The Mets are continuing their efforts to honor the club’s history with the announcement that Darryl Strawberry and Dwight Gooden will have their numbers retired in two separate ceremonies next season. The dates have not yet been announced with the organization planning to release them in the coming months.
This shows how far the club has come in recent years when it comes to celebrating the good parts and the complicated parts of its past. The Mets have had fraught relationships with popular alumni, but have worked to rebuild bridges and strengthen bonds in recent seasons.
“I’m thrilled that two iconic members of the 1986 championship club will have their numbers retired in 2024,” owner and CEO Steve Cohen said in a statement. “Darryl Strawberry and Dwight Gooden each had an enormous impact on our franchise and it’s my honor to continue our commitment to celebrating our wonderful history.”
Strawberry, who wore No. 18, and Gooden, No. 16, will bring the total number of retired numbers to seven, joining their former teammate on the 1986 World Series squad Keith Hernandez (No. 17), in addition to Tom Seaver (No. 41), Mike Piazza (No. 31), Jerry Koosman (No. 36), Willie Mays (No. 24), Gil Hodges (No. 37), Casey Stengel (No. 37) and Jackie Robinson (No. 42, retired league-wide).
Strawberry remains the Mets’ all-time home run leader with 252, something Cohen pointed out in his statement. The former right fielder was a seven-time All-Star with the Mets and was once one of the most feared hitters in the sport. He led the NL in long balls in 1988 with 39 and helped the Mets win the 1986 World Series with one in Game 7 against the Boston Red Sox.
The Los Angeles native who was drafted by the Amazins’ in 1980. He was a prolific hitter who still ranks second in RBI (733) and walks (580), third in extra-base hits (469) and runs (662) and fourth in slugging (.520).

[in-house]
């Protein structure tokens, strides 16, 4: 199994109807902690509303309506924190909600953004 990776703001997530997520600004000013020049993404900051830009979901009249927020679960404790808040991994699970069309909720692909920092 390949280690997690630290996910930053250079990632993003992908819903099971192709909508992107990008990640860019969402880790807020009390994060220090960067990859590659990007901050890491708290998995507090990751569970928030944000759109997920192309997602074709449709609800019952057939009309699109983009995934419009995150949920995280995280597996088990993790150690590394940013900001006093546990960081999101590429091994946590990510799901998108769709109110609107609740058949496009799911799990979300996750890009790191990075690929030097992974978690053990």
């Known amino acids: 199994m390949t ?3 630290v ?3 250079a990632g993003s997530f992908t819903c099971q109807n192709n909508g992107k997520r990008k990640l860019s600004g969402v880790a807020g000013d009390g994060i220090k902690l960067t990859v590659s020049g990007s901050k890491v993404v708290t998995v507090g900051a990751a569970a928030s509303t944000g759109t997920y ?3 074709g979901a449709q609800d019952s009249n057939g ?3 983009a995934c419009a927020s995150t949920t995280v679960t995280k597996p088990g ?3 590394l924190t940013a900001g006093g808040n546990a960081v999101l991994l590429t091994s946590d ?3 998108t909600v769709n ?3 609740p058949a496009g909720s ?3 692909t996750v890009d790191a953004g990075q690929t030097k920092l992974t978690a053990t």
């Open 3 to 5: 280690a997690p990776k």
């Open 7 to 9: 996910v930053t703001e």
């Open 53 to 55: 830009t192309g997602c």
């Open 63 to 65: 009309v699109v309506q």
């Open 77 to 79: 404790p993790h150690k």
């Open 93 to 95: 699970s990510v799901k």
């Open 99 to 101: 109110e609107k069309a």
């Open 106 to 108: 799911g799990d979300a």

He made those numbers look easy, but in recent years the 61-year-old has been open about the pressures of playing in New York. Strawberry turned to drugs and alcohol as a way to cope with the pressures and his substance abuse problems were well-documented. He has continued to give back to the organization by helping young players learn how to navigate the same pressures he faced.
While always revered on the field, his honesty about the struggles of overcoming addiction has made Strawberry a popular figure off it as well.
“When I got the call from Steve, I welled up with tears of joy,” Strawberry said in a statement. “I started to reflect on my journey through the organization. I had some ups and downs, but in the end, I am proud of my time in New York. I owe so much to Mets fans — they are simply the best. It’s really amazing to me that No. 18 will be forever remembered. I would like to thank the Hall of Fame committee and especially Steve and Alex Cohen.”
Gooden’s starts were appointment viewing. Nicknamed “Doc” for the way he was able to dismantle opposing lineups with surgical precision, the right-hander was drafted fifth overall in 1982 and quickly became a star.
He was named the 1984 NL Rookie of the Year after setting the rookie record for strikeouts with 276. Gooden also became the youngest player to ever make the NL All-Star team at just 19. A year later, he led the league in wins (24), strikeouts (268) and ERA (1.53) en route to becoming the youngest-ever Cy Young Award winner.
Gooden also battled his own addiction issues and legal troubles. Having his number retired alongside Strawberry speaks to their stories of struggle and triumph.
“I was completely overwhelmed when I got the call,” Gooden said. “I want to say ‘thank you’ to the fans who supported me through the good times and bad times. I couldn’t have made it through without their encouragement. There is no greater honor a player can receive than having his number retired. It’s hard for me to express how honored and thankful I am to Steve and Alex [Cohen].
“This would make my mother and father extremely proud and I know they are looking down from heaven smiling.”
The two are forever linked in history as members of the 1986 team, so it makes sense to retire their numbers in the same season. The duo are not in the Baseball Hall of Fame, but they are members of the team’s own hall of fame.
They were controversial, yet iconic. Next season, they’ll be forever enshrined and remembered for all of the joy they brought to Mets fans throughout their careers in Queens.